BIP works harder…

I want to start by saying 'Thank You' for your support of the Bee Informed Partnership. We are so grateful for you and those we're able to serve and support through our work. The sense of purpose and community we all feel is like nothing I've had the honor to experience before. I know you've been asked by everyone to donate this month, and especially on this Day of Giving, but I'm asking that you show your support for us today. I'm also going to let you in on a bit of inside information. To say that the BIP Team stays pretty busy, is a…

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BIP Helps Breed Hygienic Honey Bees

Like other livestock breeders, queen producers are constantly working to improve the quality of stock they produce. When determining which colonies to graft from breeders will evaluate colonies on a variety of traits including productivity, fecundity, and temperament. Traditionally, selection has focused on breeding from colonies that produced large honey crops, reared abundant brood, and behaved in a docile manner. As pest and disease pressures have increased in recent years breeders have increasingly incorporated hygienic behavior as a criteria for selection. Hygienic behavior is a trait that helps colonies control several stressors including American Foulbrood, chalkbrood, and Varroa mites. Hygienic behavior is identified by performing…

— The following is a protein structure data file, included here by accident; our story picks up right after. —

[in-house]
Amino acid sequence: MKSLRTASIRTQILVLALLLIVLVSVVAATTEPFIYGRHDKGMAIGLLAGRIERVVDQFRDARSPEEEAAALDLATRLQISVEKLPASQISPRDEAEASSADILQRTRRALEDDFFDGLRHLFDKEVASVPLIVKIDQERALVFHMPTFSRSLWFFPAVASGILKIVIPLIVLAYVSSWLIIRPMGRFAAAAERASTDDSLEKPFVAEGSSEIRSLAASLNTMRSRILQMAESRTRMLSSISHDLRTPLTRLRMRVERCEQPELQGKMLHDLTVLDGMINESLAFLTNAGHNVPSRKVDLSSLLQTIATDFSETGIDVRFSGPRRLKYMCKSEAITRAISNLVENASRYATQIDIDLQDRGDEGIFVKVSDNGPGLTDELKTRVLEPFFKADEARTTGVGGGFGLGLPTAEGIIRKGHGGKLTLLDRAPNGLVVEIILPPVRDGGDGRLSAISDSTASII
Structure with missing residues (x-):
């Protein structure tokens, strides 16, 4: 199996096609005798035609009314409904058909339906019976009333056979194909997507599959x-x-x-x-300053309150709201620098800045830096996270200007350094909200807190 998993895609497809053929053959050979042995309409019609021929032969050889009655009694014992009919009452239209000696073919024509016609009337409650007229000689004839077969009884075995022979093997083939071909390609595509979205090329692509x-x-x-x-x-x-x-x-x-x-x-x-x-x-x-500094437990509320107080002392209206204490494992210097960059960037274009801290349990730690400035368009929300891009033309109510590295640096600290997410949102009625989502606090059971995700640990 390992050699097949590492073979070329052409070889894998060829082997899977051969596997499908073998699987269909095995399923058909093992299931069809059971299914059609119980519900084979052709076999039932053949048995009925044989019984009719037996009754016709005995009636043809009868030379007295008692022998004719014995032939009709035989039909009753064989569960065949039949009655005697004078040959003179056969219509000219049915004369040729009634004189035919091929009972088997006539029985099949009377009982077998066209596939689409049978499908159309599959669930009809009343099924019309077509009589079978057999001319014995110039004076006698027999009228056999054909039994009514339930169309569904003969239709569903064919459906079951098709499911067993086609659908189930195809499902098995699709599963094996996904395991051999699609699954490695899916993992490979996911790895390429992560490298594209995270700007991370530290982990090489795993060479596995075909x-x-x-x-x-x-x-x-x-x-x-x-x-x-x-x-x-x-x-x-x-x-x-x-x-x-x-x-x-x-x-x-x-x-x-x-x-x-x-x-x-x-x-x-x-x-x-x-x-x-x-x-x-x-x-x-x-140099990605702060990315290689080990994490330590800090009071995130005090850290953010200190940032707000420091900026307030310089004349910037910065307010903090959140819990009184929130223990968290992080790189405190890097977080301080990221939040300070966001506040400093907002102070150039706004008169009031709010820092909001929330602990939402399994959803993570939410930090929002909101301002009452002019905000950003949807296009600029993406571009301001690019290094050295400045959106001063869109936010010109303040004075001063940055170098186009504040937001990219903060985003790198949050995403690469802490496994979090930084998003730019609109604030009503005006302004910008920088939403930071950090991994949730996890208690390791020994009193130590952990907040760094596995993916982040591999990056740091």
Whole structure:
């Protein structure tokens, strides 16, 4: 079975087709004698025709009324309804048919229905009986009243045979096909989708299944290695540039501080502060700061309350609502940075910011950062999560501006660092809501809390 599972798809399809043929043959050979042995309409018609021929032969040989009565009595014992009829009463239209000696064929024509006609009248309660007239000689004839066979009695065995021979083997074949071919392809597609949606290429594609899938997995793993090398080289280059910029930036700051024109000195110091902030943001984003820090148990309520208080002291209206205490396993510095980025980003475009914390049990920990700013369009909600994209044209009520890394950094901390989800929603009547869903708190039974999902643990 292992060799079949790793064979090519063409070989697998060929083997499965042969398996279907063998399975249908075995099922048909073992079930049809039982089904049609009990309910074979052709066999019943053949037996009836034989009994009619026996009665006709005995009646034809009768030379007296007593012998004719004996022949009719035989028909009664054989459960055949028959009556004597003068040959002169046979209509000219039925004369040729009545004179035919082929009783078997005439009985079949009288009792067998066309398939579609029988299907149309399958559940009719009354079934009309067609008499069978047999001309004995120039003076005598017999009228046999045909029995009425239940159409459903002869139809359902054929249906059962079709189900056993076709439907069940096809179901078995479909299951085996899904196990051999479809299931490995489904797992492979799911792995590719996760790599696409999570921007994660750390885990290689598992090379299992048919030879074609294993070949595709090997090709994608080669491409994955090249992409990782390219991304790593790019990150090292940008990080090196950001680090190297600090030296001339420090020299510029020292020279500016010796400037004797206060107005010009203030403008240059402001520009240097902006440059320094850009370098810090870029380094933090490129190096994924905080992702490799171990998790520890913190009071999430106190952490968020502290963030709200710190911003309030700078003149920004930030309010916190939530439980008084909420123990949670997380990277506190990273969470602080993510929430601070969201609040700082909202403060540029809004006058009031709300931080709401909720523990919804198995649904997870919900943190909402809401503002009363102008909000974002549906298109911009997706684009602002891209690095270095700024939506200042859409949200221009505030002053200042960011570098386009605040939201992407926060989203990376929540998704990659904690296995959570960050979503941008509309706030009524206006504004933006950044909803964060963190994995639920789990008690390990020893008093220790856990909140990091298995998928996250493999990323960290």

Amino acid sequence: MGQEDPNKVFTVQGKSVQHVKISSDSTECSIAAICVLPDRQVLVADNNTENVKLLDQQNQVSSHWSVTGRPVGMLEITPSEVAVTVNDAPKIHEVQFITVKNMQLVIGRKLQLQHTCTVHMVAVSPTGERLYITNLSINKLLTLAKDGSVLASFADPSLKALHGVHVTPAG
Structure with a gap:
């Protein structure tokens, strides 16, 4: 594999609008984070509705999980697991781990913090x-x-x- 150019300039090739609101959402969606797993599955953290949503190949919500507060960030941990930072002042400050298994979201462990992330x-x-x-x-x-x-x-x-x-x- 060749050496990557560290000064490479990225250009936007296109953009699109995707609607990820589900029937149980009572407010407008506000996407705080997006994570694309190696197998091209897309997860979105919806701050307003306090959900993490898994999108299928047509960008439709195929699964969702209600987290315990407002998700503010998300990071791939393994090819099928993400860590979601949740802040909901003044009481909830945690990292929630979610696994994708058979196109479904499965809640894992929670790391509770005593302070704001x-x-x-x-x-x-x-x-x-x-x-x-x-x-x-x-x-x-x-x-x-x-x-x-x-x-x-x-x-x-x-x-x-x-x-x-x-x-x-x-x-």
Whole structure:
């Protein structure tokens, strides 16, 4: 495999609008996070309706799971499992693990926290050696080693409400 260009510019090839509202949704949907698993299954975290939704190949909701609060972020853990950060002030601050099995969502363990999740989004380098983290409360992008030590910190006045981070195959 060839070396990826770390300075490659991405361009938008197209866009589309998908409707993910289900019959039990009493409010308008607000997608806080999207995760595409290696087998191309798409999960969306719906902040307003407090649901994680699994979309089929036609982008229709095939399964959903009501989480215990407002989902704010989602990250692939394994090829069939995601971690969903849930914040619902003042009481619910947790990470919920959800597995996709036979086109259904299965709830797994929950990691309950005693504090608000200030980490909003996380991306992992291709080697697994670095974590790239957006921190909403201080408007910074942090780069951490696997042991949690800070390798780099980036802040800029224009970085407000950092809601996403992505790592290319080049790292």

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What’s in a BIP truck

Earlier this month, we posted a blog about some of the logistics behind the exhaustive work that the Tech Transfer Team Program accomplishes and our Board has highlighted some of the impacts they have made. Our Honey Bee Health Field Specialists drive around the country to inspect, sample, diagnose, report and consult on honey bee colony health and management practices. As reported, they drive A LOT! Their work truck functions like a mobile laboratory, filled with inspection and sampling equipment. You can read more about their truck content in this blog, but why don’t we show you what we mean? The Field Specialists go through…